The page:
When I served as a Senior Speechwriter in George W. Bush’s White House, Karl Rove was the bane of my existence. The rule was that no speech could ever go to the President without its first being reviewed by Mr. Rove, and since Karl was an extremely busy man, he often didn’t call in his comments to the Speechwriting Office till eight or nine in the evening. By the time these comments reached me, they often seemed hopelessly cryptic and unintelligible, yet somehow I had to figure out a way to work them into my draft without offending all the other big-shots whose comments I had previously incorporated…And all the while, of course, the President was waiting for his speech.
But despite the grief he caused me, I am one of Karl Rove’s biggest fans. Karl is a truly nice man — modest, personable, and extremely approachable — yet you couldn’t spend more than five minutes with him without recognizing that you were in the presence of a towering intellect. But having just read his memoir, Courage and Consequence, I am forced to conclude that Rove, perhaps more than anyone else, was responsible for the election of Barack Obama in 2008.
Let me recount a bit of personal history by way of background. About four years ago, around the time when Democrats were heatedly charging that Bush had “lied” about Saddam Hussein’s weapons of mass destruction in order to build a case for war (after all, they argued, if the weapons had existed, why weren’t we able to find them after liberating Iraq?), I was having lunch with Dr. Laurie Mylroie, one of America’s leading students of terrorism in general, and Iraqi terrorism in particular. Laurie was beside herself with anger. Why wasn’t the Bush administration citing Gen. James Clapper, the Director of the National Imagery and Mapping Agency, who said that satellite imagery proved conclusively that shortly before the war’s outbreak, Iraq had transferred its weapons of mass destruction to Syria? Why wasn’t it quoting Gen. Georges Sada, deputy chief of Saddam’s air force, or Gen. Moshe Ya’alon, Israel’s chief-of-staff, both of whom also claimed that Saddam’s weapons had been transferred to Syria? Why was it so tongue-tied, so unsure of itself, so unwilling to answer its critics? Didn’t anybody in the White House realize that if the Democrats’ charges went unanswered, they would fatally undermine the entire case for the war?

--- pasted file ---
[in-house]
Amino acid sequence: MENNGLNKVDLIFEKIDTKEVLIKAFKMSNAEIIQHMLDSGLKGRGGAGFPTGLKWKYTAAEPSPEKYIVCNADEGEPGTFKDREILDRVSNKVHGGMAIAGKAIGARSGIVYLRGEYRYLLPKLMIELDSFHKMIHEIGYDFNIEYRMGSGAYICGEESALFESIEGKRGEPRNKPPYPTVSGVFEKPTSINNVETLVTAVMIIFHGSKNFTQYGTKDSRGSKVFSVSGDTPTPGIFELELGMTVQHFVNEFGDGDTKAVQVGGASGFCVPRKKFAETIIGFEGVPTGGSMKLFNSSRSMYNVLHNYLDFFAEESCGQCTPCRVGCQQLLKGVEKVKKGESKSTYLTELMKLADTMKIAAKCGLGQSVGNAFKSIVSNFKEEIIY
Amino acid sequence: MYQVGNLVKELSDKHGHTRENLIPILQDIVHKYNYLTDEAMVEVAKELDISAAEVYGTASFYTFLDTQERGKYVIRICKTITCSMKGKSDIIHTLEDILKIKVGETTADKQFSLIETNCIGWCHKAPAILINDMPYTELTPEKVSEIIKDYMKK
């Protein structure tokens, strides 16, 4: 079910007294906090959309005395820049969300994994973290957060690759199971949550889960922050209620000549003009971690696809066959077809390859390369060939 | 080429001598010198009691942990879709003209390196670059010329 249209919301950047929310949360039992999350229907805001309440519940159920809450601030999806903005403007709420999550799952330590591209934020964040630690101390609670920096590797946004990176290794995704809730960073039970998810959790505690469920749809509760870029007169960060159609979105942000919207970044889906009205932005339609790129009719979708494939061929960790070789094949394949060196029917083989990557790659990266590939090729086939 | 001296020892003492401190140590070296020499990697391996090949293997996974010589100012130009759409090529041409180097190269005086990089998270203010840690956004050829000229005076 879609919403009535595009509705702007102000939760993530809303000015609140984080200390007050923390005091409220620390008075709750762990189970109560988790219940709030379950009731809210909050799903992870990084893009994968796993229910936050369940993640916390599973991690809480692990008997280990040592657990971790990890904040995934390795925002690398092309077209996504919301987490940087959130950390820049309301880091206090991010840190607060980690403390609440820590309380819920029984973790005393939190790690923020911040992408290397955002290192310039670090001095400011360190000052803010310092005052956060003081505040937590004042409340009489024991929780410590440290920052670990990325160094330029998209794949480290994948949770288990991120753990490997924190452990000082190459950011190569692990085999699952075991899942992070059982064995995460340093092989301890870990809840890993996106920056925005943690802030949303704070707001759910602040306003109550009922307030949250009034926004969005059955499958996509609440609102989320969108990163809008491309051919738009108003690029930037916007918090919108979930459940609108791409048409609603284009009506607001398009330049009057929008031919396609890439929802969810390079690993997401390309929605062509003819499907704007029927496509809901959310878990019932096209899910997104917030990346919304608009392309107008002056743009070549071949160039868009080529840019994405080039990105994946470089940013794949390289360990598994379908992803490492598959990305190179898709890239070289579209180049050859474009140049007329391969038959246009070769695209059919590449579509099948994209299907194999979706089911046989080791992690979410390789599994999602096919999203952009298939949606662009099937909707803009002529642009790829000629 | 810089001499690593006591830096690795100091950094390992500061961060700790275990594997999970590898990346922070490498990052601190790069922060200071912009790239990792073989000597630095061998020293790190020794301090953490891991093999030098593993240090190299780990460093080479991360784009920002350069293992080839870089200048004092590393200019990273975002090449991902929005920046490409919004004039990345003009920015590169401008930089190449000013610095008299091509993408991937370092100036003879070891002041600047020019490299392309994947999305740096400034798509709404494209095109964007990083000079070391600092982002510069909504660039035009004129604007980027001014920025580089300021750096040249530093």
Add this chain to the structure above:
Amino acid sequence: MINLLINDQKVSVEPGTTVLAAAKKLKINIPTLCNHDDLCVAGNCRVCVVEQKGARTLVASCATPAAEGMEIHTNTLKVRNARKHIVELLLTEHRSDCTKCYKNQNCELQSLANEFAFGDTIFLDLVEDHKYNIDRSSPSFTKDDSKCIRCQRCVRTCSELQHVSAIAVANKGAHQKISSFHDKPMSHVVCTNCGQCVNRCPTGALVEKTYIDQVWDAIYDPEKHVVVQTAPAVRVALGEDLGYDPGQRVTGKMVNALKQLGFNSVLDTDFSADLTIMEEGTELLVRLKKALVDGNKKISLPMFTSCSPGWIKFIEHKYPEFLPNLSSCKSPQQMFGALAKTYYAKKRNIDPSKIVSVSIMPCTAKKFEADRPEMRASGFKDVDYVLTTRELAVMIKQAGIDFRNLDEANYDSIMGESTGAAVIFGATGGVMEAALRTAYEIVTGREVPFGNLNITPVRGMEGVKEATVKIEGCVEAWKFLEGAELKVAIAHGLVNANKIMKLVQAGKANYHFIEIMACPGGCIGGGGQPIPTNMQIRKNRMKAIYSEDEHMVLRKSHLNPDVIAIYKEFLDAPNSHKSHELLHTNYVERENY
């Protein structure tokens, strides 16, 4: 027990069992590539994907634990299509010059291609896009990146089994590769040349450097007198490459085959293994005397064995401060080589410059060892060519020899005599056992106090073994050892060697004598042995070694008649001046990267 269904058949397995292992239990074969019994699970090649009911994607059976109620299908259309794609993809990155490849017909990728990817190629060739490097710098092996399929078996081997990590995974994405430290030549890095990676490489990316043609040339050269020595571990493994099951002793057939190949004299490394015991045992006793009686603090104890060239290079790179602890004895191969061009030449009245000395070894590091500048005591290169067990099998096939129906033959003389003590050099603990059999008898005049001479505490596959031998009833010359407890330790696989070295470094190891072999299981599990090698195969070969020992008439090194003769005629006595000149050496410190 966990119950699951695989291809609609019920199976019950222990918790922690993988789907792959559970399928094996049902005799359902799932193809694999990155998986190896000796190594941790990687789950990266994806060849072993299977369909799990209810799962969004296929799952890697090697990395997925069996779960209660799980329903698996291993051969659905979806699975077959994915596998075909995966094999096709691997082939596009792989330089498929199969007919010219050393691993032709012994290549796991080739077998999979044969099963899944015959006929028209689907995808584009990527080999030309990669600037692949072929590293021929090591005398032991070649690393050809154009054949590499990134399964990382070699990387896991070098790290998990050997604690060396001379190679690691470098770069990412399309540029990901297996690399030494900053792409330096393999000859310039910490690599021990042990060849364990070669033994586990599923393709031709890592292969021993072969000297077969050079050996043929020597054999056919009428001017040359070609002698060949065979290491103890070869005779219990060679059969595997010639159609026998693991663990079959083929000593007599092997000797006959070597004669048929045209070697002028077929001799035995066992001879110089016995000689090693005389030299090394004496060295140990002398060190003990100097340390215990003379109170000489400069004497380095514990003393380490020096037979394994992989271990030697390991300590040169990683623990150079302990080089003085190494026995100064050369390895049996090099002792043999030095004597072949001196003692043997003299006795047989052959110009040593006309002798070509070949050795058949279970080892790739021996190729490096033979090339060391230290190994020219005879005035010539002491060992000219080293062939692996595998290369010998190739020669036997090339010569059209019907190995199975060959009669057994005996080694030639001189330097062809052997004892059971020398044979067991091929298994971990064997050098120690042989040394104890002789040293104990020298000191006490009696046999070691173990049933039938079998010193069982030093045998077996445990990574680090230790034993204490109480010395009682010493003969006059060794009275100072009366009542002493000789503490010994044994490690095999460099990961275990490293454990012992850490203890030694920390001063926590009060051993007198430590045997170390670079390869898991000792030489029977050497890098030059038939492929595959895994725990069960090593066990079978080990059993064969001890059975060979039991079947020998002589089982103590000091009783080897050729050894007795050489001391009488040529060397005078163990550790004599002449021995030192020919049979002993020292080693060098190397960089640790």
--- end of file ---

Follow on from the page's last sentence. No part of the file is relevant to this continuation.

By this time, however, I had left the White House, so I had to tell Laurie the truth: Her revelations about Generals Clapper and Sada (though not Ya’alon) were news to me, and I had no idea why the White House wasn’t citing them.
Given this background, readers will understand the mixed feelings with which I reacted to Karl Rove’s assertion, in a chapter entitled “Bush Was Right on Iraq,” that Clapper, Sada and Ya’alon all maintained that Saddam had transferred his weapons of mass destruction to Syria on the eve of the war. On the one hand, I recalled the old saw, “Better late than never.” On the other hand, I couldn’t help feeling that history might have turned out differently had Karl spoken out sooner.
To his immense credit, Karl makes no effort to deny that he screwed up, big time. “So who was responsible for the failure to respond [to the Democrats’ assault]?” he asks. “I was. I should have stepped forward, rung the warning bell, and pressed for full-scale response. I didn’t. Preoccupied with the coming campaign and the pressures of the daily schedule in the West Wing, I did not see how damaging this assault was. There were others who could have sounded the alarm, but regardless, I should have.”
Rove goes on to call the Democrats’ claim that Bush lied about Iraq’s weapons of mass destruction a “poison-tipped dagger aimed at the heart of the Bush presidency,” and notes that “by July 2005 a majority of Americans — 51 percent — believed that Bush had deliberately misled them.”
This number is quite close to the 52 percent of Americans who voted for Obama in 2008. Maybe that’s just a coincidence — but I doubt it. It seems to me that after full allowance is made for the nefarious activities of ACORNs, RINOs, and other assorted villains of the 2008 campaign, the fact remains that on the most crucial issue facing any president — the issue of war and peace — a majority of Americans believed that GeorgeW. Bush lied to them. Since he was leaving office, they couldn’t punish Bush directly for this unforgivable sin, so they punished the Republican Party by voting for Obama. To the extent that Karl Rove — one of the finest, ablest, most decent public servants I have ever encountered — might have prevented all this from happening by responding more forcefully to the Democrats’ blood libel, he is responsible for the election of Barack Hussein Obama to the presidency of the United States.